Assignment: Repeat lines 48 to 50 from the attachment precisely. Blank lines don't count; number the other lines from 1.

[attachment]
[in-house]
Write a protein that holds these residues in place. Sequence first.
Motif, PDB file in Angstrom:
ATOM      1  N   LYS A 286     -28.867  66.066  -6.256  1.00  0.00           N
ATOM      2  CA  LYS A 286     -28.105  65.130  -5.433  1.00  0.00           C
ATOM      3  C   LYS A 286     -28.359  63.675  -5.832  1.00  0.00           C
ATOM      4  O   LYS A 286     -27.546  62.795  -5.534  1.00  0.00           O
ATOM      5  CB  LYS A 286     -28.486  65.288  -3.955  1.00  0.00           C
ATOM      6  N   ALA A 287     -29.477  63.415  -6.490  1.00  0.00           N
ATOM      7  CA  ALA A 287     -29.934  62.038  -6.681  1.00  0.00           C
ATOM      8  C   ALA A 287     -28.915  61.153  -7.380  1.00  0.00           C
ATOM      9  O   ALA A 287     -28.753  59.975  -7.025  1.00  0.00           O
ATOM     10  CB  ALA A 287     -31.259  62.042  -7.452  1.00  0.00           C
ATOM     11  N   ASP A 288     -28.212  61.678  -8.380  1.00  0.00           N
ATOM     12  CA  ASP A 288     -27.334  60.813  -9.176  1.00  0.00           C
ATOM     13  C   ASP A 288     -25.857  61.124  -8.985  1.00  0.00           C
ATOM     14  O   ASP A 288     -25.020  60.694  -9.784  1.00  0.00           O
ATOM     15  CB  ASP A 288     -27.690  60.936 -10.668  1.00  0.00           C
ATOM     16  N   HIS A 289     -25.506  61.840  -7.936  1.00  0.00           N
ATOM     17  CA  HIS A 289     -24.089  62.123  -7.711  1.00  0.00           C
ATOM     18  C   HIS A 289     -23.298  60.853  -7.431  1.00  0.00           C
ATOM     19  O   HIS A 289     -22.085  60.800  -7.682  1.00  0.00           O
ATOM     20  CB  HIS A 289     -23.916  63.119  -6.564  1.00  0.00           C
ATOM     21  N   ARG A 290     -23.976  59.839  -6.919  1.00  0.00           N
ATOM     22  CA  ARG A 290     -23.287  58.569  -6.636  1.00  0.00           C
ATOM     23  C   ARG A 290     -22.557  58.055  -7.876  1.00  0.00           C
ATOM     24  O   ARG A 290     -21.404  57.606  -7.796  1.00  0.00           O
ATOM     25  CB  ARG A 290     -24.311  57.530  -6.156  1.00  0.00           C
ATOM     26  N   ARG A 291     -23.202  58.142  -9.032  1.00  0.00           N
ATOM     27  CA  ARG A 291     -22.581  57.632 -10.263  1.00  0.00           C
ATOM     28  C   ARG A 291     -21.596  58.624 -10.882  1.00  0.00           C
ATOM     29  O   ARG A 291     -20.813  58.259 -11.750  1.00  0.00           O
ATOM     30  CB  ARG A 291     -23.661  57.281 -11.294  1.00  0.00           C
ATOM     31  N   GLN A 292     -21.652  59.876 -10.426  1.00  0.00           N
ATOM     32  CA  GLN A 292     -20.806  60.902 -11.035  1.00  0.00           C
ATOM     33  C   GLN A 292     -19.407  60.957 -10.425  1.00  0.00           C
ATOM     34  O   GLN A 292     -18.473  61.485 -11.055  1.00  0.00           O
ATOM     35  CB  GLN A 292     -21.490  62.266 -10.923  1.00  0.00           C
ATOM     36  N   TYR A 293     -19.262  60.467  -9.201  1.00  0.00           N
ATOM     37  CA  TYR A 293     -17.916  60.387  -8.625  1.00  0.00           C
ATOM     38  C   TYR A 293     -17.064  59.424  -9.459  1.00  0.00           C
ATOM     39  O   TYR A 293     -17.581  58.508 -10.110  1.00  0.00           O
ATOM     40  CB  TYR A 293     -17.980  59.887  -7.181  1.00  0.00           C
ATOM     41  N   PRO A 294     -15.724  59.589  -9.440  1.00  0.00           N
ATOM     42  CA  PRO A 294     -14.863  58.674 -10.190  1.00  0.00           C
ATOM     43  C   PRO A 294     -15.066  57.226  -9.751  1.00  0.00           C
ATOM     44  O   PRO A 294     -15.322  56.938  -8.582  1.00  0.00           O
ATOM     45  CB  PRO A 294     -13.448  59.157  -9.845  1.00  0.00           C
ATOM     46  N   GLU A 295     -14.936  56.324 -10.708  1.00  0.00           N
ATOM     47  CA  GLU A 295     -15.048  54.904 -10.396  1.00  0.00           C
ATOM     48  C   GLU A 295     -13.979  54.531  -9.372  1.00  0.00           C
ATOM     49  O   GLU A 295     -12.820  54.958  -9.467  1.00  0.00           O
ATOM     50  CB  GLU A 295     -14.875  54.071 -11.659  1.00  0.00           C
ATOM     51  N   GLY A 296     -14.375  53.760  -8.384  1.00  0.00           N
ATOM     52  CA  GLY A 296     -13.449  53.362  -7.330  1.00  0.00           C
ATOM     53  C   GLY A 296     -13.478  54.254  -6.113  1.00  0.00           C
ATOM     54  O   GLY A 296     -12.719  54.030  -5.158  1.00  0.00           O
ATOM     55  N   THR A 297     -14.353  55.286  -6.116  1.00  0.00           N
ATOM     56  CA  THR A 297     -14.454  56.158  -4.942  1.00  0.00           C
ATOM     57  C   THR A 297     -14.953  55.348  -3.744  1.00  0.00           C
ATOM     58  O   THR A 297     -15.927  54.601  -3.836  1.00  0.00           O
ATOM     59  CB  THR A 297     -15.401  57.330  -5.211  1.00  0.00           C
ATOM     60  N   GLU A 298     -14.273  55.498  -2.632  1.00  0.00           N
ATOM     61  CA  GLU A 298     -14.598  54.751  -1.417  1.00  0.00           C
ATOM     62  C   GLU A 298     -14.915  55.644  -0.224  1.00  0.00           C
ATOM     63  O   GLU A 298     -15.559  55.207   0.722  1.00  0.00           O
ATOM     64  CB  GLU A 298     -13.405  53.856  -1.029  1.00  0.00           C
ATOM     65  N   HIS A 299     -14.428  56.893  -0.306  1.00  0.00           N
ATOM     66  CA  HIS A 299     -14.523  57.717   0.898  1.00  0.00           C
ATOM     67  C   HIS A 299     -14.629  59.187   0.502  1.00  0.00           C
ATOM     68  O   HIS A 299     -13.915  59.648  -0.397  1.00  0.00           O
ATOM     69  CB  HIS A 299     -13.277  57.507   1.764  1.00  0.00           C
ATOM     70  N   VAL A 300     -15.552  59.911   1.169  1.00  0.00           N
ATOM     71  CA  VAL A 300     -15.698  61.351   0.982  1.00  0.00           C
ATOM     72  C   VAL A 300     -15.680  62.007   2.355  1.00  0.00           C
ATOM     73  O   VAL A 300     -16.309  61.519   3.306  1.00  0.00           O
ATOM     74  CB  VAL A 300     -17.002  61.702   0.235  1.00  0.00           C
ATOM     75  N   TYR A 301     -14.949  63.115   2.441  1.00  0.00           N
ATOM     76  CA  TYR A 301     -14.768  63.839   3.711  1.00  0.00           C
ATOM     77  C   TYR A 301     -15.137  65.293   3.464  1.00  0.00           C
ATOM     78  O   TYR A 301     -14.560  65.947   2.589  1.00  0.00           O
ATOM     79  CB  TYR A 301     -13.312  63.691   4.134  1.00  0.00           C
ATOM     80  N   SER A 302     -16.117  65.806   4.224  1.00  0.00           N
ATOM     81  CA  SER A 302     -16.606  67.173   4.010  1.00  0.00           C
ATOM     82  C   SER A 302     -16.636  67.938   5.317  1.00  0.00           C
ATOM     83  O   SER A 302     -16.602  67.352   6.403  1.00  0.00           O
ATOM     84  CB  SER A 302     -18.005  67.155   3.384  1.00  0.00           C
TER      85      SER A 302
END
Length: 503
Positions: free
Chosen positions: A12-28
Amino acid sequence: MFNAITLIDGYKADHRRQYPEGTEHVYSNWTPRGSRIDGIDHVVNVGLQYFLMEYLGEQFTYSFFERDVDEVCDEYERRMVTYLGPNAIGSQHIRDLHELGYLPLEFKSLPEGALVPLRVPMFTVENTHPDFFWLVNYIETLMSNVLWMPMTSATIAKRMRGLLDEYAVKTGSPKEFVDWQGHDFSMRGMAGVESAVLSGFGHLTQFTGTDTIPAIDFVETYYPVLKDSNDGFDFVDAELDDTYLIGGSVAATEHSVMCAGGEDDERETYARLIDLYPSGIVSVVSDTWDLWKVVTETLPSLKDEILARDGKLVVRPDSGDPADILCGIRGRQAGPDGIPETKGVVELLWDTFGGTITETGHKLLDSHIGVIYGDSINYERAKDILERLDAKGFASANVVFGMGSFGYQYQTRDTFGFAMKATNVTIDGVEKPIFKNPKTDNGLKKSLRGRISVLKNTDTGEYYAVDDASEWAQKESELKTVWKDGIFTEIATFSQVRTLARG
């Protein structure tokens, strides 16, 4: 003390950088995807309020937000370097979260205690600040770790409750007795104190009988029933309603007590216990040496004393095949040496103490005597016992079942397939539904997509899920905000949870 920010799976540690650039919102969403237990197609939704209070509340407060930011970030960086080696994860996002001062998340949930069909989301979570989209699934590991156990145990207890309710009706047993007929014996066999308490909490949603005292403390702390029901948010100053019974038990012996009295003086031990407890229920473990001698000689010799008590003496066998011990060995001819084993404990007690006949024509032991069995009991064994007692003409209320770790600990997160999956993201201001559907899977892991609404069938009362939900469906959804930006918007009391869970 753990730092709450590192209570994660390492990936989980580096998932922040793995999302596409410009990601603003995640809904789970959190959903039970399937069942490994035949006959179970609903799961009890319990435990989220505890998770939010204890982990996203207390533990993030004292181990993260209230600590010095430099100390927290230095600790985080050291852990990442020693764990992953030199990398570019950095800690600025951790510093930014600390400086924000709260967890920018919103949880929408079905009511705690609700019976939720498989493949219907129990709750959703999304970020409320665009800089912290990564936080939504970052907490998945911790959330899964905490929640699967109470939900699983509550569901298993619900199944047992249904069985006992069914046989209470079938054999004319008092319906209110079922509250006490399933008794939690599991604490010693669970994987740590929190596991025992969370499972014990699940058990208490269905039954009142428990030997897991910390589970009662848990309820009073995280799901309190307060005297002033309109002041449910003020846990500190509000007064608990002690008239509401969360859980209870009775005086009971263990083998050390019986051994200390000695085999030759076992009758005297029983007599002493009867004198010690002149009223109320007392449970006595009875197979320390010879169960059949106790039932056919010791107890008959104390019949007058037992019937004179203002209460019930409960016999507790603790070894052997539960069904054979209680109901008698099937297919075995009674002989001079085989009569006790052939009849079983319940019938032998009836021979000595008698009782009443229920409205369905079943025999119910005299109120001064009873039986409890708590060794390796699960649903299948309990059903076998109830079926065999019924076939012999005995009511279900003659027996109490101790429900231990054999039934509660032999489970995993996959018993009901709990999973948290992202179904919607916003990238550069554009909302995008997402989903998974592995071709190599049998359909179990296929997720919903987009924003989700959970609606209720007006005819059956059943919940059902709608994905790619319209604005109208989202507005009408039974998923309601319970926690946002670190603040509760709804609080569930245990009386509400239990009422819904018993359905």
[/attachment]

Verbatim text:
ATOM     45  CB  PRO A 294     -13.448  59.157  -9.845  1.00  0.00           C
ATOM     46  N   GLU A 295     -14.936  56.324 -10.708  1.00  0.00           N
ATOM     47  CA  GLU A 295     -15.048  54.904 -10.396  1.00  0.00           C